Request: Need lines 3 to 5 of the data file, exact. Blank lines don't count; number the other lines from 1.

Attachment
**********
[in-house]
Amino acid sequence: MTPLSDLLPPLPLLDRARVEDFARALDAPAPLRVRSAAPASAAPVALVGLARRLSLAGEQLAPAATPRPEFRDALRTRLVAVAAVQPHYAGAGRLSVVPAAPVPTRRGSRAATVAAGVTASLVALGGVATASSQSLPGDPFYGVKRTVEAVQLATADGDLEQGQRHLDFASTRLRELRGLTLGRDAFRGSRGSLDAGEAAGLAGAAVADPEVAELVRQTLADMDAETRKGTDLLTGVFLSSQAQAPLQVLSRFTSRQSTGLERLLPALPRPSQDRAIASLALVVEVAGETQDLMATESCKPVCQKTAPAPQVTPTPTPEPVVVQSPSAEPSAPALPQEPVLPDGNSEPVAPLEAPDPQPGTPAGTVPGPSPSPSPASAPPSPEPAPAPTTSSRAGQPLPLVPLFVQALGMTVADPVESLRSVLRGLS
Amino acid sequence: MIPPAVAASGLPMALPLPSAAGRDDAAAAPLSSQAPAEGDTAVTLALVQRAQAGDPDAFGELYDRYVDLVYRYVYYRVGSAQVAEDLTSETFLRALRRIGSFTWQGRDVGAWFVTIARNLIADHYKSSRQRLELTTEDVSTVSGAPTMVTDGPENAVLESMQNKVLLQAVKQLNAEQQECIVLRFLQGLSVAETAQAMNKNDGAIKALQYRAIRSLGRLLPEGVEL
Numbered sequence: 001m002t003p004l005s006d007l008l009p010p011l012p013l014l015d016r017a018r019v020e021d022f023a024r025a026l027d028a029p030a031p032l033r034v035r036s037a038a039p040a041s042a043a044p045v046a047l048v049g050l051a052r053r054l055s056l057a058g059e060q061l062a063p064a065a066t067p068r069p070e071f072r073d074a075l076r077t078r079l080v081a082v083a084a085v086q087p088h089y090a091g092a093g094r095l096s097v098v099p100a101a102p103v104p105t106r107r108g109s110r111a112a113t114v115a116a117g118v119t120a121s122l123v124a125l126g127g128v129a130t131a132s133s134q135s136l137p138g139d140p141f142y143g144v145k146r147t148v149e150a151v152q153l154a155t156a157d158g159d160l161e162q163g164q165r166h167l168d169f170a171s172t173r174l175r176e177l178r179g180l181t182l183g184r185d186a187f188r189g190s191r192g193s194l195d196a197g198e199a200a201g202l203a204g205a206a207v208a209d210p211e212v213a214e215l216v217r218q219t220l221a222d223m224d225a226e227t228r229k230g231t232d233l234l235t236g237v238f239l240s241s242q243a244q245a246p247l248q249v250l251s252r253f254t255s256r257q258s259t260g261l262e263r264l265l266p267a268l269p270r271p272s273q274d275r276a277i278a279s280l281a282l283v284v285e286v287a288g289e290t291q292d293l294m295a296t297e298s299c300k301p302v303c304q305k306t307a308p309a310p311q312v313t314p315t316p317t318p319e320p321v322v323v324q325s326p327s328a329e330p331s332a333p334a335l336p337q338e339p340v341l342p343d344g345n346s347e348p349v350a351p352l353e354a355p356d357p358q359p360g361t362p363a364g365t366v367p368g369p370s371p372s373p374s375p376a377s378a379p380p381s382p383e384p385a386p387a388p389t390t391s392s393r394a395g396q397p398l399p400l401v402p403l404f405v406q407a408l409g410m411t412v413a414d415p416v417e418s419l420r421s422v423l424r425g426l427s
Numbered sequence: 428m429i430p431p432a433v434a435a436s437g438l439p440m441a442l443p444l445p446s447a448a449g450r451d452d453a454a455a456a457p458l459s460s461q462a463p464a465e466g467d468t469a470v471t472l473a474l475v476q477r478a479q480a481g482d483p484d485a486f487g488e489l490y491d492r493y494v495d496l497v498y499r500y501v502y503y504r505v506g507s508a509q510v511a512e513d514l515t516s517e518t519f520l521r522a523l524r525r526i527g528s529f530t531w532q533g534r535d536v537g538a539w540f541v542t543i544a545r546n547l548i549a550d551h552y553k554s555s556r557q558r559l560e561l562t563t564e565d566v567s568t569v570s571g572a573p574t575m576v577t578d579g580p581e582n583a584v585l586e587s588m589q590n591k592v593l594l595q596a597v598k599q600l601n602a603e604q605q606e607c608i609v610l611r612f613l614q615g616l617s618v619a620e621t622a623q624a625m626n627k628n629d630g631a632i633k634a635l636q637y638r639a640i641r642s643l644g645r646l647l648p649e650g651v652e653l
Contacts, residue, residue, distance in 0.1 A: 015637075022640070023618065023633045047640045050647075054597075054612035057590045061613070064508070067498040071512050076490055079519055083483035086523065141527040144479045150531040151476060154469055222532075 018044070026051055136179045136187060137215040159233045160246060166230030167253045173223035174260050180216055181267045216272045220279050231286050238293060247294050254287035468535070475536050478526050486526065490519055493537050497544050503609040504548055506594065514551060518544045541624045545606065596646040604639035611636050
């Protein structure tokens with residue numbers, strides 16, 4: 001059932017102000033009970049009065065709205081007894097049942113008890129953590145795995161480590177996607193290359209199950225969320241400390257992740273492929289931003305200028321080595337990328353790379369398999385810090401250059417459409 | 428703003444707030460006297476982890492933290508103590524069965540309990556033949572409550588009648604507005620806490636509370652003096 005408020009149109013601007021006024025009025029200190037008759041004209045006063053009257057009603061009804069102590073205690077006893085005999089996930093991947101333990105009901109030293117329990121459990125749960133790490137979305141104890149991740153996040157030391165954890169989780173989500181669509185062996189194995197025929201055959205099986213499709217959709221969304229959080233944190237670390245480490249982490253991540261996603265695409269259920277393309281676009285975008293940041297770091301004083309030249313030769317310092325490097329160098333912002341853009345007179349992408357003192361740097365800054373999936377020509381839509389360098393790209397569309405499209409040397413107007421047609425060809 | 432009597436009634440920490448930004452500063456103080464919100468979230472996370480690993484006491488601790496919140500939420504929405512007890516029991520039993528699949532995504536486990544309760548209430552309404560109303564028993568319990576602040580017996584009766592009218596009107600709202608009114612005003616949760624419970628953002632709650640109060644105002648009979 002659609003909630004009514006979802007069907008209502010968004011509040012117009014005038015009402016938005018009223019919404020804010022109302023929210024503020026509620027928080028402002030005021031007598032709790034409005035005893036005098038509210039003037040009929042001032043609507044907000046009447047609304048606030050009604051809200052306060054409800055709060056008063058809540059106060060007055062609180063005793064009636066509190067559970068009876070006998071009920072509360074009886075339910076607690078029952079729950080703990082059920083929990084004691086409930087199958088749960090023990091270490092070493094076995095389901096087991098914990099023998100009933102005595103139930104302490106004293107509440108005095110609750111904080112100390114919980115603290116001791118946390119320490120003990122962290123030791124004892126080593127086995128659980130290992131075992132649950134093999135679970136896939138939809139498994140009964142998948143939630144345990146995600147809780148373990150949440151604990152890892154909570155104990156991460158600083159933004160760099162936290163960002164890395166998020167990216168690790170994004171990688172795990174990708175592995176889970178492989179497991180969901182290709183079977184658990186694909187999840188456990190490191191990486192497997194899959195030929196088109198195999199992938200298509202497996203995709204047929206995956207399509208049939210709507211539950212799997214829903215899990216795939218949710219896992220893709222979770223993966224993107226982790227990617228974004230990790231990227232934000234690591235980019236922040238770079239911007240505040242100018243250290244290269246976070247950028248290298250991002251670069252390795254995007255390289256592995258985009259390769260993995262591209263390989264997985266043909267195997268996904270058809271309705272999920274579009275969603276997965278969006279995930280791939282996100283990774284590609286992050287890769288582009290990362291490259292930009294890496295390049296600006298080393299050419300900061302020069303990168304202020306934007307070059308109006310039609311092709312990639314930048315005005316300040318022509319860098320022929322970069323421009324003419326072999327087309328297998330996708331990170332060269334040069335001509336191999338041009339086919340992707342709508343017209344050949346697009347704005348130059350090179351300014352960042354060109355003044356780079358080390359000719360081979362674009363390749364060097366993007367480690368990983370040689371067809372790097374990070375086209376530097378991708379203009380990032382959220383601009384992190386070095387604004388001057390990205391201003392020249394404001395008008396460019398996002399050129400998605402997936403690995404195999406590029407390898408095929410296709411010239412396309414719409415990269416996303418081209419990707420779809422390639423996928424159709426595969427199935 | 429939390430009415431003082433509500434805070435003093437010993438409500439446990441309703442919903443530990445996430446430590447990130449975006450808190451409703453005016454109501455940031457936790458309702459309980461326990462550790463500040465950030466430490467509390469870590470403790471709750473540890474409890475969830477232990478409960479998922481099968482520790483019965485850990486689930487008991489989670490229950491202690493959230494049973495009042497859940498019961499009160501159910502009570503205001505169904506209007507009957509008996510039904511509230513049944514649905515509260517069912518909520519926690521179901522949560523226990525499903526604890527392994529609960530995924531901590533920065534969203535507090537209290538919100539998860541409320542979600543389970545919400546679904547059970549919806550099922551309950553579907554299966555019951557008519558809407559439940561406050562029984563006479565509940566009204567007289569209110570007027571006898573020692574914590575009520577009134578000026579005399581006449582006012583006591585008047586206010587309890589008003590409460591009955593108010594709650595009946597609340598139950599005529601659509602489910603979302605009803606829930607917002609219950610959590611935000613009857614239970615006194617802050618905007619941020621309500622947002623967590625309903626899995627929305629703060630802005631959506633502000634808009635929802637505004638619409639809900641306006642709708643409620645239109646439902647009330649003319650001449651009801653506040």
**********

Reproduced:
Amino acid sequence: MIPPAVAASGLPMALPLPSAAGRDDAAAAPLSSQAPAEGDTAVTLALVQRAQAGDPDAFGELYDRYVDLVYRYVYYRVGSAQVAEDLTSETFLRALRRIGSFTWQGRDVGAWFVTIARNLIADHYKSSRQRLELTTEDVSTVSGAPTMVTDGPENAVLESMQNKVLLQAVKQLNAEQQECIVLRFLQGLSVAETAQAMNKNDGAIKALQYRAIRSLGRLLPEGVEL
Numbered sequence: 001m002t003p004l005s006d007l008l009p010p011l012p013l014l015d016r017a018r019v020e021d022f023a024r025a026l027d028a029p030a031p032l033r034v035r036s037a038a039p040a041s042a043a044p045v046a047l048v049g050l051a052r053r054l055s056l057a058g059e060q061l062a063p064a065a066t067p068r069p070e071f072r073d074a075l076r077t078r079l080v081a082v083a084a085v086q087p088h089y090a091g092a093g094r095l096s097v098v099p100a101a102p103v104p105t106r107r108g109s110r111a112a113t114v115a116a117g118v119t120a121s122l123v124a125l126g127g128v129a130t131a132s133s134q135s136l137p138g139d140p141f142y143g144v145k146r147t148v149e150a151v152q153l154a155t156a157d158g159d160l161e162q163g164q165r166h167l168d169f170a171s172t173r174l175r176e177l178r179g180l181t182l183g184r185d186a187f188r189g190s191r192g193s194l195d196a197g198e199a200a201g202l203a204g205a206a207v208a209d210p211e212v213a214e215l216v217r218q219t220l221a222d223m224d225a226e227t228r229k230g231t232d233l234l235t236g237v238f239l240s241s242q243a244q245a246p247l248q249v250l251s252r253f254t255s256r257q258s259t260g261l262e263r264l265l266p267a268l269p270r271p272s273q274d275r276a277i278a279s280l281a282l283v284v285e286v287a288g289e290t291q292d293l294m295a296t297e298s299c300k301p302v303c304q305k306t307a308p309a310p311q312v313t314p315t316p317t318p319e320p321v322v323v324q325s326p327s328a329e330p331s332a333p334a335l336p337q338e339p340v341l342p343d344g345n346s347e348p349v350a351p352l353e354a355p356d357p358q359p360g361t362p363a364g365t366v367p368g369p370s371p372s373p374s375p376a377s378a379p380p381s382p383e384p385a386p387a388p389t390t391s392s393r394a395g396q397p398l399p400l401v402p403l404f405v406q407a408l409g410m411t412v413a414d415p416v417e418s419l420r421s422v423l424r425g426l427s
Numbered sequence: 428m429i430p431p432a433v434a435a436s437g438l439p440m441a442l443p444l445p446s447a448a449g450r451d452d453a454a455a456a457p458l459s460s461q462a463p464a465e466g467d468t469a470v471t472l473a474l475v476q477r478a479q480a481g482d483p484d485a486f487g488e489l490y491d492r493y494v495d496l497v498y499r500y501v502y503y504r505v506g507s508a509q510v511a512e513d514l515t516s517e518t519f520l521r522a523l524r525r526i527g528s529f530t531w532q533g534r535d536v537g538a539w540f541v542t543i544a545r546n547l548i549a550d551h552y553k554s555s556r557q558r559l560e561l562t563t564e565d566v567s568t569v570s571g572a573p574t575m576v577t578d579g580p581e582n583a584v585l586e587s588m589q590n591k592v593l594l595q596a597v598k599q600l601n602a603e604q605q606e607c608i609v610l611r612f613l614q615g616l617s618v619a620e621t622a623q624a625m626n627k628n629d630g631a632i633k634a635l636q637y638r639a640i641r642s643l644g645r646l647l648p649e650g651v652e653l